What I like most is the work that I do. I love being outdoors every day working in the environment that I'm in, handling flights, and the satisfaction after pushing the plane from the gate and watching it leave knowing that I just played a significant role in sending a flight full of people safely across the skies. At my company, ramp agents are entrusted with the responsibility of pushing and towing of aircraft on the ground, formulating the load plan for the flight (in a weight and balance compliant manner), marshaling into and out of the gate, servicing water, power, electric, and air.
It can indeed be challenging, and that's when the real work is done.. Trying or coordinate the turning around of a flight amongst the chaotic environment of irregular operations is enough to make most people want to quit. After a few years of experience you learn to dance in harmony with the chaos. Once you really grasp the intricacies and nuance of the operation, you can sort of forecast and make decisions better.
The learning experience never ends. I've been doing this line of work for a bit over 8 years now and I'm still learning ways to improve. There are so many variables and operational challenges that you come into contact with, no day is the same as before. You're constantly figuring out new ways to manage unique issues.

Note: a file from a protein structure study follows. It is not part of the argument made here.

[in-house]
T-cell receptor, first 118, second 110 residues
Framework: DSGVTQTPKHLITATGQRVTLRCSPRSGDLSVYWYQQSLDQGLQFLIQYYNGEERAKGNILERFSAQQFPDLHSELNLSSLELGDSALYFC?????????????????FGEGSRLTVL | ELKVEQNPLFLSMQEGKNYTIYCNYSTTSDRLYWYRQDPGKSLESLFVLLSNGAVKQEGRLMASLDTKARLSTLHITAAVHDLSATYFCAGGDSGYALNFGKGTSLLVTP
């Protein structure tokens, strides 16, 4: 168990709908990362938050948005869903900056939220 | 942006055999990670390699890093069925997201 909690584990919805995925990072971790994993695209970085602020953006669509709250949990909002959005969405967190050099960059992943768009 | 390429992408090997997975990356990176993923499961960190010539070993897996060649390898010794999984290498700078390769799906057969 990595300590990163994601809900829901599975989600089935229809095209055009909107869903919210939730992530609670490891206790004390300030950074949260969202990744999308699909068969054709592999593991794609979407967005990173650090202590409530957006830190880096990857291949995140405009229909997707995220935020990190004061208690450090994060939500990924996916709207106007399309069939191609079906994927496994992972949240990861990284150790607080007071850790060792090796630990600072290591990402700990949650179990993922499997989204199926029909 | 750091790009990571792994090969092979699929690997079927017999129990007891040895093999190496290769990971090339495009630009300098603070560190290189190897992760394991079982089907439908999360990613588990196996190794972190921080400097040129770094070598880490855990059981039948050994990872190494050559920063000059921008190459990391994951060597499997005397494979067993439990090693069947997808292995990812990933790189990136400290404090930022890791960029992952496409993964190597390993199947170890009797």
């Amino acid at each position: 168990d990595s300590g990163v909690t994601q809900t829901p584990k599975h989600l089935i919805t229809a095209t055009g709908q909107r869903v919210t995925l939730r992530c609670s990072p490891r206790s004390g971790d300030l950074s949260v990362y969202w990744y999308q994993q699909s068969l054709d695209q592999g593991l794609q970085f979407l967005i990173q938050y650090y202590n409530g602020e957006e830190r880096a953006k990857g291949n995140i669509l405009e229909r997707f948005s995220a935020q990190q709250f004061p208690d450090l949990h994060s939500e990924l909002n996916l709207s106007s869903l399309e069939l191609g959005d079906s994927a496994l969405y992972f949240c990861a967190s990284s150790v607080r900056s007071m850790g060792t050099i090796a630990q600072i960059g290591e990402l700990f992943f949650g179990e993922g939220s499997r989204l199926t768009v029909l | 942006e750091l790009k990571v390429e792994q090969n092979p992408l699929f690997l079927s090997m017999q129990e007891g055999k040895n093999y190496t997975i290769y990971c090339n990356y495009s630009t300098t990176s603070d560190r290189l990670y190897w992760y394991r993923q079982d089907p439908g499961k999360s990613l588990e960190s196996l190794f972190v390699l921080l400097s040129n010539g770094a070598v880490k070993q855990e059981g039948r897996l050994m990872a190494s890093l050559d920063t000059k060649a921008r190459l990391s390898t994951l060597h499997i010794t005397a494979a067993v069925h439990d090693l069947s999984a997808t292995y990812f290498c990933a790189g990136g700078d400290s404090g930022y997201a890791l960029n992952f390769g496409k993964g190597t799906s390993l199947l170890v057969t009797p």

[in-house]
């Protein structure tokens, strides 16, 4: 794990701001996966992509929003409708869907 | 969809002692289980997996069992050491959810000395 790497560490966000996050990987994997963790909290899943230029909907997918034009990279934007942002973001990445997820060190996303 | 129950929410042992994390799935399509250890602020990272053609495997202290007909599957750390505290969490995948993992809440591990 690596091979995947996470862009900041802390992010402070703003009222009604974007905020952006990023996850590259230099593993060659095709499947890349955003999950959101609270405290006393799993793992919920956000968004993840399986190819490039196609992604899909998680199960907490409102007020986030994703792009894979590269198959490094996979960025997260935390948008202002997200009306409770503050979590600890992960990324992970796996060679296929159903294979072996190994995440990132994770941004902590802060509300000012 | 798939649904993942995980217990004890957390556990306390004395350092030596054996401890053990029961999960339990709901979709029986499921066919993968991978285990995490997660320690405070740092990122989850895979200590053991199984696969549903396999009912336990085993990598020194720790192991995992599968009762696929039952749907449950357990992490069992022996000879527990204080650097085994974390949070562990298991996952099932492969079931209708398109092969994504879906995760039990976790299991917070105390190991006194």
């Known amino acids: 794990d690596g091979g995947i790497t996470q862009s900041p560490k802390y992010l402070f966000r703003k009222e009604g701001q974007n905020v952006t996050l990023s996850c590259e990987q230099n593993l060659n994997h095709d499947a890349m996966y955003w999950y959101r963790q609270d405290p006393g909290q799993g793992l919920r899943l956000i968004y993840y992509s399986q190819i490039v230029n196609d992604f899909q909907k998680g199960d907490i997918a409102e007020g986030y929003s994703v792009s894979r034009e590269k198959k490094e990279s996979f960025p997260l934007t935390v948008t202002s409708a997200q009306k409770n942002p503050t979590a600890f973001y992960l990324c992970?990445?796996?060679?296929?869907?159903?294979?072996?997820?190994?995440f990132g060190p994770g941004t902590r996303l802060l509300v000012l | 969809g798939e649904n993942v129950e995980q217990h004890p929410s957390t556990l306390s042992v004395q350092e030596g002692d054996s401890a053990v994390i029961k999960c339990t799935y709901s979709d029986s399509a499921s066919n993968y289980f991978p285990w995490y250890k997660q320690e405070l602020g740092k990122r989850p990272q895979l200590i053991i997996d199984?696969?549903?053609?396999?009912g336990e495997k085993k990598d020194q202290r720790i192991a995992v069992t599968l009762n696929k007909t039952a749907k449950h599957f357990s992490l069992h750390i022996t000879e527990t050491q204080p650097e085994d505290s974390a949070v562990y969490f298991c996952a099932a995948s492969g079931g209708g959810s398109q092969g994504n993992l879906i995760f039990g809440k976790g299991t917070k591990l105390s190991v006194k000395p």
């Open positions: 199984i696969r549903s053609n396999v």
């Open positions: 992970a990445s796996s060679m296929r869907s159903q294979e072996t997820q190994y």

Advancement,.. Not so much. It's sort of a paradox because people like me (who've been in the trenches for ever, and know SOOO much about the operation) will likely never be in a managerial position simply because it's not attractive for me to accept such a position. There is no question that I could likely step in TODAY and take my station manager's job (and probably do it better), but the simple fact is that I enjoy a much better compensation to quality of ratio than those jobs provide. This reality keeps MANY of the best airline people out of managerial positions, especially at union airlines.